Ke Huy Quan completed his triumphant Hollywood comeback Sunday with a Best Supporting Actor Oscar.
The “Everything Everywhere All at Once” star, who competed in the category against fellow nominees Judd Hirsch, Brendan Gleeson, Barry Keoghan and Brian Tyree Henry, tearfully accepted the trophy from Ariana DeBose and Dwayne “The Rock” Johnson.
Quan, a former child star who appeared in “The Goonies” and “Indiana Jones and the Temple of Doom” before a dearth of Asian roles relegated him to the industry’s shadows, didn’t take the win for granted — and immediately thanked his mom.
“My mom is 84 years old and she’s at home watching,” said Quan. “Mom, I just won an Oscar!”
“My journey started on a boat,” he continued. “I spent a year in a refugee camp, and somehow, I ended up here, on Hollywood’s biggest stage. They say, stories like this only happen in the movies. I cannot believe it’s happening to me. This is the American dream!”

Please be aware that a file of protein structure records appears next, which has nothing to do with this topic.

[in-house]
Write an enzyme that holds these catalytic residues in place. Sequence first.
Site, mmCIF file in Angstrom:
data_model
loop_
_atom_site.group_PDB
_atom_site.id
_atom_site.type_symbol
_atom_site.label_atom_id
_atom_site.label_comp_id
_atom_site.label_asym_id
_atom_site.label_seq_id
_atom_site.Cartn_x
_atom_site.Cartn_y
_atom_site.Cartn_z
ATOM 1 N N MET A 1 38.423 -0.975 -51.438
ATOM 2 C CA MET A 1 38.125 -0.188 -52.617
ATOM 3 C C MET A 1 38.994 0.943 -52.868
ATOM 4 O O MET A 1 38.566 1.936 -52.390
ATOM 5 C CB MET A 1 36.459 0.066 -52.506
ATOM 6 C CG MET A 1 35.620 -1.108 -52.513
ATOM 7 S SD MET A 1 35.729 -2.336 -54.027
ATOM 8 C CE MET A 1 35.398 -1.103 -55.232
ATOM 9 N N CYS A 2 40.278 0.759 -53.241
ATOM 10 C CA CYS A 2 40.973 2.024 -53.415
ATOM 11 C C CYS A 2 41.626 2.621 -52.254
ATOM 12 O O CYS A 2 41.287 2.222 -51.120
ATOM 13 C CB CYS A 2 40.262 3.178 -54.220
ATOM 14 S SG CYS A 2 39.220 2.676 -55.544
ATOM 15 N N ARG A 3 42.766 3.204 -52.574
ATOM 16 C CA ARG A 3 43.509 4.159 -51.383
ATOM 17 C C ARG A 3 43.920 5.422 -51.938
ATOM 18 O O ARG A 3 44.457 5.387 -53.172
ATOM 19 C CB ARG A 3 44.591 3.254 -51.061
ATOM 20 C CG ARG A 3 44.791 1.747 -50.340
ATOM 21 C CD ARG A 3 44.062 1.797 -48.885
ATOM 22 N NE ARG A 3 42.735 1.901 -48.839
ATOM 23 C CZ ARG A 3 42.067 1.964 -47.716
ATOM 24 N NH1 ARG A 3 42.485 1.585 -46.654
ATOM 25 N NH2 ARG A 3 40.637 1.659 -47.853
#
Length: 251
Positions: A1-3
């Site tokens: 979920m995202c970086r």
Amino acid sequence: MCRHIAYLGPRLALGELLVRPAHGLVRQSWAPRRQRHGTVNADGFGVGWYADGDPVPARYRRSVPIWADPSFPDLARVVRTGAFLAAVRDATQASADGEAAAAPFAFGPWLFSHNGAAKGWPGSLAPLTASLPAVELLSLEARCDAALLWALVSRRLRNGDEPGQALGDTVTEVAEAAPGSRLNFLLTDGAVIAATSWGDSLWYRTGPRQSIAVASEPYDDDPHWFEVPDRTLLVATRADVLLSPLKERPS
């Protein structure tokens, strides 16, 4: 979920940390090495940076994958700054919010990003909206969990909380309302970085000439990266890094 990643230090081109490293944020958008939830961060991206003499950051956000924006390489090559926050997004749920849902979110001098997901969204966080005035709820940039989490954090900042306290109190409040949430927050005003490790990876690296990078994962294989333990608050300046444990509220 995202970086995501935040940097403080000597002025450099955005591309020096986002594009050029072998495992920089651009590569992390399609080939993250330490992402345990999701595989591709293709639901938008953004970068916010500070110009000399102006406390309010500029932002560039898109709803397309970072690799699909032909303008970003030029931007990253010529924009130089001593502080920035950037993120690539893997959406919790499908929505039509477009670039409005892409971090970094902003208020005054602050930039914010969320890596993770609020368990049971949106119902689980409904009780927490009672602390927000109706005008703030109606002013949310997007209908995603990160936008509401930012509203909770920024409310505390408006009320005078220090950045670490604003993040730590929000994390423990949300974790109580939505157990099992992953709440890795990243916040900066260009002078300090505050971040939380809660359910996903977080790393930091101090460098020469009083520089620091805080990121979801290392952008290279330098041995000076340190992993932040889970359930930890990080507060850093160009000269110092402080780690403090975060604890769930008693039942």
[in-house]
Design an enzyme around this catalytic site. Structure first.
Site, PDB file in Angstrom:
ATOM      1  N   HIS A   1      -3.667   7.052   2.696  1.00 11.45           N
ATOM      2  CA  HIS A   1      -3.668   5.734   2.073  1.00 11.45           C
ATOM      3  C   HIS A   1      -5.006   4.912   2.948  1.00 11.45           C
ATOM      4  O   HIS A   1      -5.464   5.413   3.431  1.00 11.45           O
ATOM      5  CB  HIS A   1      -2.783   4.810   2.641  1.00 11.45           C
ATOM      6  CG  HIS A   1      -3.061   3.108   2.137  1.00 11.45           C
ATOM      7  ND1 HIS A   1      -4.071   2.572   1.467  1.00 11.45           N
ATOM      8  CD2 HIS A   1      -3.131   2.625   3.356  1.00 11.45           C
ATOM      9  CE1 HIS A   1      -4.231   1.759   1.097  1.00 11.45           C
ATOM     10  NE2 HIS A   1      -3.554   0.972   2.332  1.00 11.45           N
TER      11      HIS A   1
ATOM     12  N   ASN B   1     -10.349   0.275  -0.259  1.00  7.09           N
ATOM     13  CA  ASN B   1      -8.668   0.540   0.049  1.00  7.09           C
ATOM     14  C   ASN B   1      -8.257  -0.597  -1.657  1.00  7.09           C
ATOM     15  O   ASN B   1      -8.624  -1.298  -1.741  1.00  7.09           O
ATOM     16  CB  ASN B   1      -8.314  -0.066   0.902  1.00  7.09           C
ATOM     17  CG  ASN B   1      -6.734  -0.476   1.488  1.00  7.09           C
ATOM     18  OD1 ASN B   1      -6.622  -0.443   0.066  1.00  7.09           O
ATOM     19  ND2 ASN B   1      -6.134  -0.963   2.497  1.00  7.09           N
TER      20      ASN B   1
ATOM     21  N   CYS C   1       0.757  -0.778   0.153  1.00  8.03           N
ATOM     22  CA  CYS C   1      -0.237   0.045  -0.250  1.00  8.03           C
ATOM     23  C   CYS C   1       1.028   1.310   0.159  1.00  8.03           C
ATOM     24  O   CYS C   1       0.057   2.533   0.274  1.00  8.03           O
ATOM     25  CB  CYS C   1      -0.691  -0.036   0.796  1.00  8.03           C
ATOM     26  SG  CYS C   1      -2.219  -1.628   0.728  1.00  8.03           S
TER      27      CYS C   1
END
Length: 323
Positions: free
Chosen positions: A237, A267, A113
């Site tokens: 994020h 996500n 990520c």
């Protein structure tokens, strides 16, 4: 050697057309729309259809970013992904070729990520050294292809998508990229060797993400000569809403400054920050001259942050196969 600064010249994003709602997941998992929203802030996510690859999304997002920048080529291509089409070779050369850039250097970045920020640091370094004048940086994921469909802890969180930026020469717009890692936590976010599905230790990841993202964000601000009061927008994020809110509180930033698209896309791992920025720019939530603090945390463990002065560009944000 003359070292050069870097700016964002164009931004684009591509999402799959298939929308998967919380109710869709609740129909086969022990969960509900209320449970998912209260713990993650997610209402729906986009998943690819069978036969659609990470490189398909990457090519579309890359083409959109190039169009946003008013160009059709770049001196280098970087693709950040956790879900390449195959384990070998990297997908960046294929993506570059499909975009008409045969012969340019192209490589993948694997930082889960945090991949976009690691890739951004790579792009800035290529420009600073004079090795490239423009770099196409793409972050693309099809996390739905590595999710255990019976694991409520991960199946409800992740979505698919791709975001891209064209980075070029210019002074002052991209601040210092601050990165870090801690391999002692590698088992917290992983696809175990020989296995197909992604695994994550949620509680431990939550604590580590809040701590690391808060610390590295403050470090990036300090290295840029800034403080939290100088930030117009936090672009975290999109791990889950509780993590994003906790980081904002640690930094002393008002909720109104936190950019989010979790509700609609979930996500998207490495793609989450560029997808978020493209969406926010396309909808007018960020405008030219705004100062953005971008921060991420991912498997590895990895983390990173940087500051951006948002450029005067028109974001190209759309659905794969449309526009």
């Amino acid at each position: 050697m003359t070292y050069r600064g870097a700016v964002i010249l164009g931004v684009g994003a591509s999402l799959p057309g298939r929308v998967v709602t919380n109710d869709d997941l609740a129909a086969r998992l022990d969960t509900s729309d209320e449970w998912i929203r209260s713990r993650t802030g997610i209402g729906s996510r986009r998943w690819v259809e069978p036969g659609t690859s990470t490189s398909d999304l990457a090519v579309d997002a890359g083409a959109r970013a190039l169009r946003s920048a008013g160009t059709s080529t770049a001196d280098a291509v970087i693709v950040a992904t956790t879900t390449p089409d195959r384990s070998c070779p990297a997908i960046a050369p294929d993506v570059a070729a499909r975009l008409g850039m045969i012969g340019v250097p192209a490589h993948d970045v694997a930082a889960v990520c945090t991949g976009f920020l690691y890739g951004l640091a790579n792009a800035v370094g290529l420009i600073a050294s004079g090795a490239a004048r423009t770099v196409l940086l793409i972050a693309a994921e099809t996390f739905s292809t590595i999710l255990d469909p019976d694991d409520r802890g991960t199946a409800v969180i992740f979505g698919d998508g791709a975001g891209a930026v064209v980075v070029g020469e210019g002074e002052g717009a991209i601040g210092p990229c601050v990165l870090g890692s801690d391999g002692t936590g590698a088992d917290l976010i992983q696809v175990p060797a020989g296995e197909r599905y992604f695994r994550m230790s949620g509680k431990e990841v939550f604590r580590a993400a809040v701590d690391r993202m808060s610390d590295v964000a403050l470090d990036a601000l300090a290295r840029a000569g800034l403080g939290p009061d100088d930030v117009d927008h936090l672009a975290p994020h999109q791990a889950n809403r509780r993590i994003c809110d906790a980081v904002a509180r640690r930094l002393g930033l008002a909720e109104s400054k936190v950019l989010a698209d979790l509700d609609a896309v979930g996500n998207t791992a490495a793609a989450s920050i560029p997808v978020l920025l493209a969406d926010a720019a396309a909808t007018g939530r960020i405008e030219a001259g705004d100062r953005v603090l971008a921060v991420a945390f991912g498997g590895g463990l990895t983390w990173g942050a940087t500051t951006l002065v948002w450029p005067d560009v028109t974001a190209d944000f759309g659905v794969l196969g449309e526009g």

Quan recounted his decadeslong struggle of returning to Hollywood in multiple interviews during awards season. The 51-year-old Vietnamese American had quietly toiled behind the scenes on films until directors Daniel Kwan and Daniel Scheinert cast him in “Everything” — changing his life at once.
Quan, who portrayed a dedicated family man in the A24 breakout hit, tearfully thanked his spouse.
“I owe everything to the love of my life, my wife, Echo, who month after month, year after year, for 20 years, told me that one day my time will come,” said Quan. “Dreams are something you have to believe in. I almost gave up on mine.”
“To all of you out there,” he continued, “please keep your dreams alive.”
The palpable gratitude in his speech arguably marked the purest moment of the night and preceded Jamie Lee Curtis, who played a stern IRS agent in the film, winning an Oscar herself.
“Thank you, thank you so much for welcoming me back!” Quan passionately screamed as the Dolby Theatre audience cheered in joy. “I love you! Thank you, thank you, thank you!”